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Boston's Rajon Rondo needed a minute after a hard foul by Portland's Nicolas Batum.The Celtics were expecting things to get physical against the Portland Trailblazers Thursday night, and sure enough, by the end of the first half, four of the club's five starters had already picked themselves up off the floor after absorbing hard hits from the opposition.
Three minutes in, while fighting for a rebound, Paul Pierce took a shot to the mouth from Nicolas Batum that left him counting his teeth. Two minutes later, Kevin Garnett hit the deck after being planted by an illegal screen set by Joel Przybilla, who stood over and stared down at Garnett the way a boxer might. Thirty seconds later, Rajon Rondo endured a hard foul by Batum and hit the hardwood, laying somewhat motionless on his stomach for a few moments.
The Celtics, however, were not impressed by Portland's tough-guy act, nor were they fazed by it. Pierce took his shot to the jaw and remained in the game, burying a step-back jumper two minutes later. Garnett got back on his feet after Przybilla knocked him down, shot the Portland center an almost amused glance, and proceeded to bank in a jump shot from the left wing. Rondo, meanwhile, picked himself up after Batum's hit, and, on the next play, slashed inside and converted a scoop shot in the paint.
The Blazers kept the hard hits coming for the remainder of the game, and the Celtics continued to respond, eventually winning 88-78. Doc Rivers told reporters afterwards that the Celtics were prepared for such a performance from the Blazers after some suggestive comments surfaced on Wednesday.
Added Batum: "They're going to hit hard and try to hit first, and I don't think the referees are going to make a call for us. So we have to be smart... we have to play tougher than them."
Little did the Blazers know they were playing right into the Celtics' hands. Boston, a no-nonsense, no-excuses team, employs a certain physicality of its own, and is happy to go toe-to-toe (or blow-for-blow) with any club that feels like bumping and jawing.
"[The Blazers] played extremely hard tonight and you knew they would, reading the papers about how physical they were going to be with us and all that stuff," said Rivers. "When we read that, we actually like it. That means it's going to be played our way, so we're good with that."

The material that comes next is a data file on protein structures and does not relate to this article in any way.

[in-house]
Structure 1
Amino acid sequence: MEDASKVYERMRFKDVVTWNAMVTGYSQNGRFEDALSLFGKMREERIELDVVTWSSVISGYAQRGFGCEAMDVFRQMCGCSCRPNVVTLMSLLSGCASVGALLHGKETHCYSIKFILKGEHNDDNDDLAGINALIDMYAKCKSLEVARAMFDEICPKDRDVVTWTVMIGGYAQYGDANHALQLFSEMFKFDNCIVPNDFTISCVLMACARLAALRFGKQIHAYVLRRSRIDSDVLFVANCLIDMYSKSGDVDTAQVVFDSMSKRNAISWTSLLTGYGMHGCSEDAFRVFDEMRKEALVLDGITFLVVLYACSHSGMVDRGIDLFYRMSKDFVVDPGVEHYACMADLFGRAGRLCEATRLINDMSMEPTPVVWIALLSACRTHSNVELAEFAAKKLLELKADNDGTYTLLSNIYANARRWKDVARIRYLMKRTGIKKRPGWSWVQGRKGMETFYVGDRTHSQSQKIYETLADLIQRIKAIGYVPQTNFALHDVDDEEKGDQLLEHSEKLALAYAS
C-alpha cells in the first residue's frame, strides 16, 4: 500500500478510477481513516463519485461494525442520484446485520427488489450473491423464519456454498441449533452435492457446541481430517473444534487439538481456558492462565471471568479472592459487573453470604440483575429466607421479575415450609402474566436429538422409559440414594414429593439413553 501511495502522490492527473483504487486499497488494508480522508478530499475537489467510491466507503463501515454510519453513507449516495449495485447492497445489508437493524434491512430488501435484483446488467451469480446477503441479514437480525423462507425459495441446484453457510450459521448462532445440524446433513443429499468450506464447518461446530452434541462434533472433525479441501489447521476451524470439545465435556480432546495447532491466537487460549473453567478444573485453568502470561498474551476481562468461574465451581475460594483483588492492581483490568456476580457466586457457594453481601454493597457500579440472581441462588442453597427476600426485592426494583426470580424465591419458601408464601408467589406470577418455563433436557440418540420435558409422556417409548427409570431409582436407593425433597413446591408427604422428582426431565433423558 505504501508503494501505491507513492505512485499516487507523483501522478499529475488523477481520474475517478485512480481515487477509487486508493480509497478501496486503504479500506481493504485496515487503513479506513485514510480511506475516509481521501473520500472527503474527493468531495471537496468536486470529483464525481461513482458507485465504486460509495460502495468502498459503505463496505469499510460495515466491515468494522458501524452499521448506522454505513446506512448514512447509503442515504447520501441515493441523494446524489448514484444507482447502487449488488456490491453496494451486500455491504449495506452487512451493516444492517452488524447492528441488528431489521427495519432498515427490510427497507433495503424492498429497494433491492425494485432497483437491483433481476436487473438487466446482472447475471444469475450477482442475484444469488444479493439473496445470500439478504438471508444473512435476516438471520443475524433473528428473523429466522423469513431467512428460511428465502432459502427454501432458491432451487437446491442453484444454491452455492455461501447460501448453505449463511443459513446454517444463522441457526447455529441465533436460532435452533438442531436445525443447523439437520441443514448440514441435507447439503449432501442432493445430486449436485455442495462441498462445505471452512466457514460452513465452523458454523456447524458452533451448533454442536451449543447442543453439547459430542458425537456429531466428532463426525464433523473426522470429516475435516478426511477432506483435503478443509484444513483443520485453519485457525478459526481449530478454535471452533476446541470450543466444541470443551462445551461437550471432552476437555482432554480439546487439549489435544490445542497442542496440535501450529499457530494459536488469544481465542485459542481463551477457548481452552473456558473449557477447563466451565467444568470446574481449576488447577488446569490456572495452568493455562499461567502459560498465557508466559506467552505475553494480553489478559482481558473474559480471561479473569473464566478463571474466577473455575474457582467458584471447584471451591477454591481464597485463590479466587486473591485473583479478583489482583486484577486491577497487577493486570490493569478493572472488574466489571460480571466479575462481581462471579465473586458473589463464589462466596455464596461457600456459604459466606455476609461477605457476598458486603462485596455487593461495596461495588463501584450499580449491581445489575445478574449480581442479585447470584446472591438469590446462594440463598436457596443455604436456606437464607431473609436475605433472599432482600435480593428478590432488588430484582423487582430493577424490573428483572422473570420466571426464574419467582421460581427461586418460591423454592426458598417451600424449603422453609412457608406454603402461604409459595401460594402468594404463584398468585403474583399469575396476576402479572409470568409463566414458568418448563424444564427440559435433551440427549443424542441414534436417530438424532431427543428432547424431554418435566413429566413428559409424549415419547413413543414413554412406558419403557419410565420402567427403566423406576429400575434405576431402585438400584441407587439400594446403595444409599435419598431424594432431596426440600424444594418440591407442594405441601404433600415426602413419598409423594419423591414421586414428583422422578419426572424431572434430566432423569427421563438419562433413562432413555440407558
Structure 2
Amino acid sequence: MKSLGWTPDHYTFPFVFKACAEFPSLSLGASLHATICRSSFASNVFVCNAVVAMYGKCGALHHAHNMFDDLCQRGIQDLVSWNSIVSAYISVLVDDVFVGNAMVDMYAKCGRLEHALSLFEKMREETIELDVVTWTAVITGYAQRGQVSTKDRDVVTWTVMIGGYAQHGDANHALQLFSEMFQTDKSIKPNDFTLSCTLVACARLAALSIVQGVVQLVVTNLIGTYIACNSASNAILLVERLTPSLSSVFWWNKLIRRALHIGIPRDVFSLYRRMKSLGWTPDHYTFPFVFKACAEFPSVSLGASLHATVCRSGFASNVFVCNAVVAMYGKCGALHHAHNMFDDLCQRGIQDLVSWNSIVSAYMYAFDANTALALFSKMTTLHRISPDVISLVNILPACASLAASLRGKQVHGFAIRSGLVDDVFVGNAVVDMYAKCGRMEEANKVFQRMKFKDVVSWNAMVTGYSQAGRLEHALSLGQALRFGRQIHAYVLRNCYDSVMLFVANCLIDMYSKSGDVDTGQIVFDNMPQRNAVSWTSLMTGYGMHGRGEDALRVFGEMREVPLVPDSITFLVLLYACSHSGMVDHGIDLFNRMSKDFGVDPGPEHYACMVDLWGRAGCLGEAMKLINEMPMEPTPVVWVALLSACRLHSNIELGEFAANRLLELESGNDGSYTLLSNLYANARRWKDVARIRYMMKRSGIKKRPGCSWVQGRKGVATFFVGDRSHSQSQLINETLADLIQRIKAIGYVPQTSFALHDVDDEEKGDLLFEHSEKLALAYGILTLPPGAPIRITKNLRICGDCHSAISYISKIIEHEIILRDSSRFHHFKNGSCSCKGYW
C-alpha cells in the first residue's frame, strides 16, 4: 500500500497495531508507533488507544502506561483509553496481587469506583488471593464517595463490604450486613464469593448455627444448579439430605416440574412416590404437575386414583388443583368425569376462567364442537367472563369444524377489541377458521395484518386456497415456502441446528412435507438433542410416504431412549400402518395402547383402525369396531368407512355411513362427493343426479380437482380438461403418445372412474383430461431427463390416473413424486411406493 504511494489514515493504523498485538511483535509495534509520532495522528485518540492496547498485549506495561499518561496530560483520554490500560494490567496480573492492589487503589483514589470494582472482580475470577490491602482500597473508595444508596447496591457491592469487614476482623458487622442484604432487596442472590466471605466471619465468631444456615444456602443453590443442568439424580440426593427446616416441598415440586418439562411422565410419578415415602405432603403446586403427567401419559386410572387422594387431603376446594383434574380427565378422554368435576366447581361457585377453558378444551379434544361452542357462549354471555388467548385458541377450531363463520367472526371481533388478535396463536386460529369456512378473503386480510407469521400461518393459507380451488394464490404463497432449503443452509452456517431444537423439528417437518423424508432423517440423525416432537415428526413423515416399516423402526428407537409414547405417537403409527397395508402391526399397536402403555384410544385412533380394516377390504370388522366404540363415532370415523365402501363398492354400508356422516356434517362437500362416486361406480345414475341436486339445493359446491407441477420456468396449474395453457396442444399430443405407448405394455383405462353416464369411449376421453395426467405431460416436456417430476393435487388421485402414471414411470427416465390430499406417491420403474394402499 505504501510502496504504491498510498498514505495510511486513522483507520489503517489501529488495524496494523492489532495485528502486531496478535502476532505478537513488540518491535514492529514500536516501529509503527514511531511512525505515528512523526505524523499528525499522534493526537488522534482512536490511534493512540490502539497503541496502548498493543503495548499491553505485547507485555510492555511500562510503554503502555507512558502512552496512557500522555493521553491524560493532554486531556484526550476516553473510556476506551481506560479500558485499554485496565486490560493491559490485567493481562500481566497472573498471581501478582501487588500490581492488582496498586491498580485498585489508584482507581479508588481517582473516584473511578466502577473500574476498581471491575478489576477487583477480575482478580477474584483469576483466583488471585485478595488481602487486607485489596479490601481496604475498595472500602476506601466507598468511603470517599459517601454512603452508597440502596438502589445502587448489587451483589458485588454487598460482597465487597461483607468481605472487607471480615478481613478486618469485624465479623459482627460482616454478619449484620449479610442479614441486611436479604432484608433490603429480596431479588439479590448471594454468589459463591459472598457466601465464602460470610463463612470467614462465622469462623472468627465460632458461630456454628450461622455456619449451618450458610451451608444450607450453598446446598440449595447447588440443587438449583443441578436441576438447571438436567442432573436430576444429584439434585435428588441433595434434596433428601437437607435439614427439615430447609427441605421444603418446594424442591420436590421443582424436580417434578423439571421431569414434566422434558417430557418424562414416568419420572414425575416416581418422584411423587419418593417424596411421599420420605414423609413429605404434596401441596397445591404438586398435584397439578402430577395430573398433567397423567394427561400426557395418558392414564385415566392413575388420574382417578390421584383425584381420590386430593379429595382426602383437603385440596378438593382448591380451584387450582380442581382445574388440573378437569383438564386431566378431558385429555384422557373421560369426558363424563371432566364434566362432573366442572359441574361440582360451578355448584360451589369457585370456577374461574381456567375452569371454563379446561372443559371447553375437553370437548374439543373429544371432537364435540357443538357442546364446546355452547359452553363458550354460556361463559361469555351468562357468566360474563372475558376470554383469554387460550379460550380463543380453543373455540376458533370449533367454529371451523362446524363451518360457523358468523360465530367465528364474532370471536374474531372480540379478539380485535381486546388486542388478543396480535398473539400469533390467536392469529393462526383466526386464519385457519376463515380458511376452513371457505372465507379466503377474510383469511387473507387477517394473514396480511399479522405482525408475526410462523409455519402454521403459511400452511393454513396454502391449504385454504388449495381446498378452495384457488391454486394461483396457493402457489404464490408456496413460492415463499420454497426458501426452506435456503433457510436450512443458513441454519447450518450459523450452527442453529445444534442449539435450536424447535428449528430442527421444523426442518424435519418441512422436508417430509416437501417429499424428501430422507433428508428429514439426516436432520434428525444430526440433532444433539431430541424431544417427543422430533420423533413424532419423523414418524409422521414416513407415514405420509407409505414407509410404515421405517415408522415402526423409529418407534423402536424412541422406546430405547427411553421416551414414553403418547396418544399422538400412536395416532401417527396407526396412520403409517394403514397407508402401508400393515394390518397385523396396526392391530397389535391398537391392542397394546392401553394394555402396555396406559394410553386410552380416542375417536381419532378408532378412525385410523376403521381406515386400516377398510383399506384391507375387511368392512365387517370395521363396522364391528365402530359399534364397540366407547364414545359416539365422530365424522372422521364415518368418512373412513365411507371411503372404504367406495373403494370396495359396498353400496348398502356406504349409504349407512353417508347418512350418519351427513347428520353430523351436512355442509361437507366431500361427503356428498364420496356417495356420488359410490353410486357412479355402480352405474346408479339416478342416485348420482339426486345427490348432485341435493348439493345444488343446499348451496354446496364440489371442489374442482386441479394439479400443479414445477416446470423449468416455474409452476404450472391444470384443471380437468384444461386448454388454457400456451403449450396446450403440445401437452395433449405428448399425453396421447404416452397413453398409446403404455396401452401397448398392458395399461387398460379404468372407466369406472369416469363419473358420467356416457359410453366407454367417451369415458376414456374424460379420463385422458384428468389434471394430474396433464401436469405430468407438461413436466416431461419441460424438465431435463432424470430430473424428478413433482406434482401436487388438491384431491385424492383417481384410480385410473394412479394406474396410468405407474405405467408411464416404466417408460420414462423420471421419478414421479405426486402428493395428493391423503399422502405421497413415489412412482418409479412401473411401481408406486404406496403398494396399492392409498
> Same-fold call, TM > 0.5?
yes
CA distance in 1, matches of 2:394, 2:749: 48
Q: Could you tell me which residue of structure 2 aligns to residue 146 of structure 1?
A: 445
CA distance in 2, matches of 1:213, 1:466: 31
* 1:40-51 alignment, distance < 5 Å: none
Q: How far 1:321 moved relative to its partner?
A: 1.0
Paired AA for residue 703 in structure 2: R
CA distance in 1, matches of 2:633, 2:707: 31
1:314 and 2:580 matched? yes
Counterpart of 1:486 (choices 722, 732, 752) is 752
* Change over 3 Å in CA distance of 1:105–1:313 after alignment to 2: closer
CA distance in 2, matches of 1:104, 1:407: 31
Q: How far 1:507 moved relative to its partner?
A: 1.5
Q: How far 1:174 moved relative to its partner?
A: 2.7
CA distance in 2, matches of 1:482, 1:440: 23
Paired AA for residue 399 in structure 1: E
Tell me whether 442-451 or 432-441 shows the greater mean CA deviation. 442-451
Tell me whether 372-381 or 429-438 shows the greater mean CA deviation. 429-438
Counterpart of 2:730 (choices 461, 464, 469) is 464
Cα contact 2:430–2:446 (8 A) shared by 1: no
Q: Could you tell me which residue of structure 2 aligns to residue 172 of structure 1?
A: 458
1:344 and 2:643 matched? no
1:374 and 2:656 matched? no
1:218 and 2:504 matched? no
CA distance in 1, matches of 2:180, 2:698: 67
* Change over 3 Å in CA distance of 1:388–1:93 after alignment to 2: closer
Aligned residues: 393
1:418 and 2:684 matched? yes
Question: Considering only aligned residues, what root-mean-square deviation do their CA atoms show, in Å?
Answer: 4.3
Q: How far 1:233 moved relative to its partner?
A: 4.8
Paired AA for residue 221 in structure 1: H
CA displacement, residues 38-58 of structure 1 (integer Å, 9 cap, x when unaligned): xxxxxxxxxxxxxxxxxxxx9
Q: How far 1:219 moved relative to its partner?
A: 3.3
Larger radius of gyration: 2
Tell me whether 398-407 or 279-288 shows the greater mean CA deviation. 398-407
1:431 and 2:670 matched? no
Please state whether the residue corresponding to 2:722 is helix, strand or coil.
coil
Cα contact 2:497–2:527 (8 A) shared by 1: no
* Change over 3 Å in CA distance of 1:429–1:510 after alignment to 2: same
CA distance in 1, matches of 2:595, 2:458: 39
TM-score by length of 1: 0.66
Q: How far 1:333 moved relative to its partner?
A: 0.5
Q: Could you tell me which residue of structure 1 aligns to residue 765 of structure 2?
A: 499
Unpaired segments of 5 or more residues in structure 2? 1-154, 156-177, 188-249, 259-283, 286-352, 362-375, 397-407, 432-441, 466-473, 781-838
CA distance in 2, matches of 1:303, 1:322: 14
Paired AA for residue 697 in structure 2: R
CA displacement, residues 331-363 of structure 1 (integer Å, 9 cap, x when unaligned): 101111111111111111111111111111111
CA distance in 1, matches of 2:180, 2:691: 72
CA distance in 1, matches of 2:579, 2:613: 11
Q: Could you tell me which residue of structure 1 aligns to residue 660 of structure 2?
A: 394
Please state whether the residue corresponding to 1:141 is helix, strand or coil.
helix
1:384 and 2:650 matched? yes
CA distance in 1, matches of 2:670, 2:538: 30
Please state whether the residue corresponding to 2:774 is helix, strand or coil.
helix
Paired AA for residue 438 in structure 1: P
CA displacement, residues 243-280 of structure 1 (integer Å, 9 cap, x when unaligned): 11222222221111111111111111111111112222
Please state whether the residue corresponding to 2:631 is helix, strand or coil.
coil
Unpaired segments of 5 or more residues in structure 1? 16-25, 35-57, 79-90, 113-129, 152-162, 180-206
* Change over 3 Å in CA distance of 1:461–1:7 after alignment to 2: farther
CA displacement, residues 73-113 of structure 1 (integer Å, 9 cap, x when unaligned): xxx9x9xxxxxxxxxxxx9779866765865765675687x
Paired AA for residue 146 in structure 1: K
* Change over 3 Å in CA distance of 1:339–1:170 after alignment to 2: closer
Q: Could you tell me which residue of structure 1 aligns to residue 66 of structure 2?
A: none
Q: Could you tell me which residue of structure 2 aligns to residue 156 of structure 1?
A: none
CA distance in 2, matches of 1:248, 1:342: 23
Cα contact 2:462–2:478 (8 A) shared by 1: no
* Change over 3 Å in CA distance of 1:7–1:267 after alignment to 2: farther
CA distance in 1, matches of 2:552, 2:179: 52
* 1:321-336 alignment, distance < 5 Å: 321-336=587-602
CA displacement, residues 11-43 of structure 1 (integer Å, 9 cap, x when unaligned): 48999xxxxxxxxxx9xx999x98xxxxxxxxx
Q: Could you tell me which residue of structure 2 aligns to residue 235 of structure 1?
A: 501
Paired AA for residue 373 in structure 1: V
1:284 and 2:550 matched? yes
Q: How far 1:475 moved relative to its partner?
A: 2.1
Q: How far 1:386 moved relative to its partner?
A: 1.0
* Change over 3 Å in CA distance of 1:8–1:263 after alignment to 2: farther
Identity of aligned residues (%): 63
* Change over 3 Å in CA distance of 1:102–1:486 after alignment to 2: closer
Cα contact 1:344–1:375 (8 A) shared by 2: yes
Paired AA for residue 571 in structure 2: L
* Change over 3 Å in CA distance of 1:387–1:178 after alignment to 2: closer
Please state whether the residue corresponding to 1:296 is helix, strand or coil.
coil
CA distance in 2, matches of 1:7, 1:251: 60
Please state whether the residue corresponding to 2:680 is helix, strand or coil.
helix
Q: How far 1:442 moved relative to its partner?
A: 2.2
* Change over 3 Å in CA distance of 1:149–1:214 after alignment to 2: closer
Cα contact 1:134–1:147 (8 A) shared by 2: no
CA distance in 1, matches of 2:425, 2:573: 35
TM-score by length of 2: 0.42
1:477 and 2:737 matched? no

Blazers forward Dante Cunningham was perhaps the most frequent distributor of the hard hits. Cunningham made his fouls count last night, beginning with an aggressive body shot on Allen a minute into the second frame that left Allen on his backside. Allen glared back up at the Portland reserve, wearing a face that said quite clearly: "Really, Cunningham? Really?" He, like his teammates before him, got back on his feet and answered back by burying both free throws.
Towards the end of the quarter, Cunningham struck again, this time with the aid of Matthews, as the pair assaulted Glen Davis on a transition layup attempt, sending the Celtics' forward crashing into the first row of photographers along the baseline. Davis would go on to make one of two free throw attempts.
Midway through the fourth quarter, Cunningham and Allen got tangled up yet again, this time in transition on an Allen dunk attempt. Cunningham knocked the ball away and, again, sent Allen to the floor. The play was ruled a clean block, but replays clearly showed that Cunningham smacked Allen hard in the face.
Despite the Celtics' ability to cope with Portland's aggressive frame of mind, they probably could have used a more comfortable and appreciably less physical game to begin their most grueling road test of the season, especially with the second half of a back-to-back looming Friday against Steve Nash and the always fast-paced Phoenix Suns.
In addition to having to play a difficult back-to-back, the Celtics' body clocks might be thrown off by the quick change in time zones. Boston had to travel southeast to Phoenix from Portland, entering the mountain standard time zone from the pacific standard time zone, and technically lost an hour of time to rest and recuperate -- a slight annoyance Rivers alluded to in his postgame press conference following the Celtics' home victory against the Cavaliers on Tuesday. Regardless, Rivers shrugged off the idea that the trip might have gotten too physical too quick for his team.
"We are who we are," Rivers said. "That's how we play. We [aren't] going to change now. We've done it for four years, so, that's who we are."
Rondo, meanwhile, suggested the game really wasn't all that physical in a postgame interview on ComcastSports Net. Instead, Boston's point guard claimed a few of Portland's players made some "dirty plays", but beyond that, "it was simple basketball." Allen might disagree with Rondo's assessment that the game wasn't very physical, along with Pierce, who exited the game with roughly two minutes still to play with what was the team deemed a bruised right thigh. He's listed as questionable for tonight's tilt in Phoenix.
The Celtics can only hope that fatigue and full-body soreness don't serve as detrimental factors in Phoenix. Rivers admitted after Thursday's game that he isn't expecting things to be very easy for the Celtics in the desert.
"[The Suns are] still trying to get up and down the floor, and playing them back-to-back after this game won't be very easy for us," he said. "But, it's a road trip."
Greg Payne is a student intern for ESPNBoston.com